Economics is at the heart of U.S. involvement in the Asia Pacific. This statement is as true today as it was in 1784, when the first U.S. merchant ship bound for Canton set sail from New York. Trade,
investment, and other economic ties across the Pacific today are measured in the trillions of dollars, support millions of American jobs, and underpin our national security.
This month's edition of the International Security Program's electronic publication includes:
How is the Defense Drawdown Affecting Industry?
By David Berteau
The Need for a National Debate on Nuclear Strategy
By Clark Murdock
Invest in Pakistan...Really?
By Sadika Hameed
Private finance has become, and will remain, the central defining channel for U.S. global development engagement. In 2000, U.S. private flows to developing countries were roughly equal to official development assistance (ODA). Today, U.S. private flows ($100 billion-150 billion per year) are three to five times larger, and U.S. private philanthropy exceeds U.S. ODA ($30 billion) as well.
The United States has long acknowledged the importance of its allies and partners in securing shared interests. More recently, drawdowns in defense spending by the United States and many of its security partners have increased the urgency of leveraging and synthesizing national capabilities where possible. CSIS has launched the Federated Defense Project to assess and recommend
This report from the CSIS Project on Prosperity and Development outlines a new tool for policymakers to encourage private-sector development in developing nations. Specifically, it argues that in fragile states there is an intermediation gap between sources of capital and entrepreneurs seeking investment.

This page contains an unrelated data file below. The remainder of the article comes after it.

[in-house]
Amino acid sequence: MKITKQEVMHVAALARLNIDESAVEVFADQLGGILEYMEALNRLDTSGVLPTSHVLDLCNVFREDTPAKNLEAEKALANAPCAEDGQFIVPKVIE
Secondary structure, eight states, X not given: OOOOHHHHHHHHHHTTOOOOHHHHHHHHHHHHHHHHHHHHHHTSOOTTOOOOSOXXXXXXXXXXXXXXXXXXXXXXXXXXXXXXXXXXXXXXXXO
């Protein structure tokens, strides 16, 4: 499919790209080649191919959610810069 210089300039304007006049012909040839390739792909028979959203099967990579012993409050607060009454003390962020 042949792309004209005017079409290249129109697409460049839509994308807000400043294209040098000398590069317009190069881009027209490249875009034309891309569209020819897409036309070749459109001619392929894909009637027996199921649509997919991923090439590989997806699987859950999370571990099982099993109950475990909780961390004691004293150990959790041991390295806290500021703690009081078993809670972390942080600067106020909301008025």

On January 1, the North American Free Trade Agreement (NAFTA) will celebrate its twentieth anniversary.
The agreement, which was signed on December 17, 1992 and entered into force on January 1, 1994, was conceived of as an effort to boost cross-border trade, economic growth, and good jobs. And in its first 20 years, NAFTA has gone a long way in achieving all three.
Trade ministers from the 12 partner economies of the Trans-Pacific Partnership (TPP) met in Singapore on December 7-10, following the WTO Ministerial Conference in Bali, in an attempt to meet the stated goal of concluding the trade agreement by the end of 2013.
The United Nations Security Council has authorized African Union peacekeepers, bolstered by French troops, to use force to protect civilians and restore order in the Central African Republic (CAR). CAR has been in chaos since a coalition of rebel groups toppled President Francois Bozizé in March.
Beginning in the 1970s, the United States steadily shifted the focus of its foreign assistance on meeting the basic human needs—public health, basic education, and food security—of the developing world; programs aimed at poverty reduction.
Future economic historians may look back on the fourth quarter of 2013 as a moment when the seeds of major change in the Asia-Pacific region were planted. China’s Communist Party announced sweeping reforms at the Third Plenum of its 18th Central Committee that could mark a fundamental reorientation of the region’s largest economy.